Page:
Here is link to the 2017 Climate Change Report sponsored by the US government, and published by the NY Times: Read the Draft of the Climate Change Report – The New York Times 8/7/17 (A draft report by scientists from 13 federal agencies, which has not yet been made public, but was obtained by The New York Times, concludes that Americans are feeling the effects of climate change right now. The report was completed this year and is part of the National Climate Assessment, which is congressionally mandated every four years. )

Because of the republican President Donald Trump’s administration’s disdain for climate change issues, many are concerned whether this report will be shared with the American taxpayers, and if it is, how heavily censored the report will be, and thus, we have this latest leak.

Here’s the rest of the story…

On August 7, 2017, Oliver Milman…

View original post 1,063 more words

Send In The Clowns

Trump has allowed some 500+ positions to remain unfilled in his administration, in part I imagine because he is having a hard time finding people who are actually willing to become a part of the circus train and risk the ruination of their careers.  However, there are still a few short-sighted clowns out there, driven mainly by greed and the promise of feathering their own nest.  Two such have come onto my radar this morning, and as usual, Trump’s selections reflect the very antithesis of the departments they have been chosen to oversee.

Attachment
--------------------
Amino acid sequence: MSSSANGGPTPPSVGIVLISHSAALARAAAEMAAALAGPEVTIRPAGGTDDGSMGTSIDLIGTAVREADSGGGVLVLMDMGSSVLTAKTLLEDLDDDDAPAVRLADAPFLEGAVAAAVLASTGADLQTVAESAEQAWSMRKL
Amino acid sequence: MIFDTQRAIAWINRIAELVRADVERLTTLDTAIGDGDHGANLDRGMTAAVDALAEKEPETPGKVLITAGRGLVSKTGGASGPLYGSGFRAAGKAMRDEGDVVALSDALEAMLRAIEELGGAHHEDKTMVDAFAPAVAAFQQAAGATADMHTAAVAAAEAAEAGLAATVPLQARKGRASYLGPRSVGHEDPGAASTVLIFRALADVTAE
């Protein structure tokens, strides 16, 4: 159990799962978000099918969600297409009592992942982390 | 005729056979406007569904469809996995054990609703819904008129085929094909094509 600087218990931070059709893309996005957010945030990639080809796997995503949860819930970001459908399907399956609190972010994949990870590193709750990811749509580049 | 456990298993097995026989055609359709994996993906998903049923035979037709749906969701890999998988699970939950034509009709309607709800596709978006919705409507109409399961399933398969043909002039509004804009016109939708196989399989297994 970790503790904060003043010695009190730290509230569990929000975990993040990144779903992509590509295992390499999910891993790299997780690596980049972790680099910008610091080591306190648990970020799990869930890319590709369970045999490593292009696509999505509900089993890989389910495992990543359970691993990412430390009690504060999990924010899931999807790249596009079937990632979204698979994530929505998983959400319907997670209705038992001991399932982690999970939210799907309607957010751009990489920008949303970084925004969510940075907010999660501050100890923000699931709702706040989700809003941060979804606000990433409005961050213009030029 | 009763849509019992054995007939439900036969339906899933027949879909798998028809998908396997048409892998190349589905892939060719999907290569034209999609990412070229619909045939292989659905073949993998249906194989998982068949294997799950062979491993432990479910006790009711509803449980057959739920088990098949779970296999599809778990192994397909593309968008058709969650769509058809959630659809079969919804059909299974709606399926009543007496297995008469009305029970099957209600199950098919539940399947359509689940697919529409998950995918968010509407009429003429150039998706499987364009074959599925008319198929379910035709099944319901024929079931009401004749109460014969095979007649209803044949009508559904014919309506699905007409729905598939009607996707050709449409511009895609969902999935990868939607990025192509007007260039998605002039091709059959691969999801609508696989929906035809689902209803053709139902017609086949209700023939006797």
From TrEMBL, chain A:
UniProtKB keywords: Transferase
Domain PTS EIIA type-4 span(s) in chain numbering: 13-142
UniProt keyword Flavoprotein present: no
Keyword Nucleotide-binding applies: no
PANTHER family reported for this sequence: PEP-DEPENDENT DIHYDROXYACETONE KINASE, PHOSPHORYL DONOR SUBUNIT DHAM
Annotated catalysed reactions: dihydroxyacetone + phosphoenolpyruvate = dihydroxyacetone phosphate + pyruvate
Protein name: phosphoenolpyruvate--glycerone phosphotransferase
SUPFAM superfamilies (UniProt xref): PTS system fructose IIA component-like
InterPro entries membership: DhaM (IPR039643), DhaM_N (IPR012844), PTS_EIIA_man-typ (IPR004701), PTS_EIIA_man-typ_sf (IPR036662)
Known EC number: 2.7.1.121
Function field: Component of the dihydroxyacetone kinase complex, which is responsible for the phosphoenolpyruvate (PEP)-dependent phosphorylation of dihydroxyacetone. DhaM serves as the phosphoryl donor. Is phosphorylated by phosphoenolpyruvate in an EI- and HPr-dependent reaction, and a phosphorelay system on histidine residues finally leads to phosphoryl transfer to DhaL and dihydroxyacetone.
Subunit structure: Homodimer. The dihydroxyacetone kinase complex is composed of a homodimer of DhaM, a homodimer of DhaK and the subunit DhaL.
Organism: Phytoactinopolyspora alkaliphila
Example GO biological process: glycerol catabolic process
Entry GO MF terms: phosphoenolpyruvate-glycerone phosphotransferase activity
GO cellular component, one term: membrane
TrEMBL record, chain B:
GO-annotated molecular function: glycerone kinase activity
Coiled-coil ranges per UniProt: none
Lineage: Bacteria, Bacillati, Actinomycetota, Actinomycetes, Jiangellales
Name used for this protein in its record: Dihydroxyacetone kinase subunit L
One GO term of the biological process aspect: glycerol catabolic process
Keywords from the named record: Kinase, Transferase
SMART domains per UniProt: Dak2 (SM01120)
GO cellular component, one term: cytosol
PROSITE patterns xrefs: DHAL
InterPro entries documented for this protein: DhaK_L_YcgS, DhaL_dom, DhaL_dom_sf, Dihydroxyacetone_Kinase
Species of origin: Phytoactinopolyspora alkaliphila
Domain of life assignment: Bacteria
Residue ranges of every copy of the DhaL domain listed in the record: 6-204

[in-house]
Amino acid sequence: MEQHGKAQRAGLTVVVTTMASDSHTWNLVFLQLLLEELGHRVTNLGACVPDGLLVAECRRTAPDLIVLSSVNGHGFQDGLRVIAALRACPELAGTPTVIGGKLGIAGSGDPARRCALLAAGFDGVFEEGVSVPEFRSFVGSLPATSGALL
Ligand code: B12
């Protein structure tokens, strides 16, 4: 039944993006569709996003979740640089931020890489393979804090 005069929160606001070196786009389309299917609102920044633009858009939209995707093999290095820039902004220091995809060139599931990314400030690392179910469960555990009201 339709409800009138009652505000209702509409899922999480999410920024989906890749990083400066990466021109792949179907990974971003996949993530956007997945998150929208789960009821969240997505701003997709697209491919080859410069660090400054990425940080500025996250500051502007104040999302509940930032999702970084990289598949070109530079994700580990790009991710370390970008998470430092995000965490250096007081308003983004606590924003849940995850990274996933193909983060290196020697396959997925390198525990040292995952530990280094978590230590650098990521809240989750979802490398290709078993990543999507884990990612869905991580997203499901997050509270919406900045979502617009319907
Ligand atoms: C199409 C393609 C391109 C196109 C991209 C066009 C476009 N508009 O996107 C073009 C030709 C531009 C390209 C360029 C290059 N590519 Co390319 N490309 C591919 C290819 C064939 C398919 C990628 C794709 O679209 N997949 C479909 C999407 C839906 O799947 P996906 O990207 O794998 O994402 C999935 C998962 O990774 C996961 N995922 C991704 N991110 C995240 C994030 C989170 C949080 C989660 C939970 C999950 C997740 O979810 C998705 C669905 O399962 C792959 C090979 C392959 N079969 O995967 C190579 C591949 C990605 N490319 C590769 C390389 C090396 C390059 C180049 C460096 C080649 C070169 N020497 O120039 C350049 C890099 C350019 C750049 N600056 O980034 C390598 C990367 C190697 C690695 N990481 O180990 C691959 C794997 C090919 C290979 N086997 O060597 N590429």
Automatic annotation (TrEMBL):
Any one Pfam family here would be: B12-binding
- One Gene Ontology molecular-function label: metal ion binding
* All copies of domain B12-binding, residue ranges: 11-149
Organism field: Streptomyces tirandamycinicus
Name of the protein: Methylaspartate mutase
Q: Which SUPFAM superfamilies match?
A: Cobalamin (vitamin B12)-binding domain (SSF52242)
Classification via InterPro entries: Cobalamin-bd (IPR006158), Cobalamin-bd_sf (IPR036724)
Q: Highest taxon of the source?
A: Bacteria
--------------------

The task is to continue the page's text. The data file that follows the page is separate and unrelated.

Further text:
The USDA’s Research, Economics and Education division studies everything from climate change to nutrition. Under the 2008 Farm Bill, its leader is supposed to serve as the agency’s “chief scientist” and be chosen “from among distinguished scientists with specialized or significant experience in agricultural research, education, and economics.”  So who has Trump tagged to head this important division?  A man who is neither distinguished nor a scientist, one Sam Clovis.

Clovis-1Who, you ask, is Sam Clovis?  Until he joined Trump’s campaign in 2015, he was a tenured professor at Morningside College in his hometown of Sioux City, Iowa.  He took leave from that position to work on the Trump campaign, however is not welcomed back by the college.  After Clovis was quoted defending the Trump campaign’s proposal to bar Muslims from entering the United States, the link between Clovis and the college was broken. A statement from the college said, “We find the view that a particular religion should be discriminated against to be repugnant to the values held at Morningside College. When he was on campus, Dr. Clovis was a staunch defender of the Constitution and a strong advocate for religious freedom. His recent comments appear to be at odds with his earlier views. We find his recent position to be outrageous and disappointing.”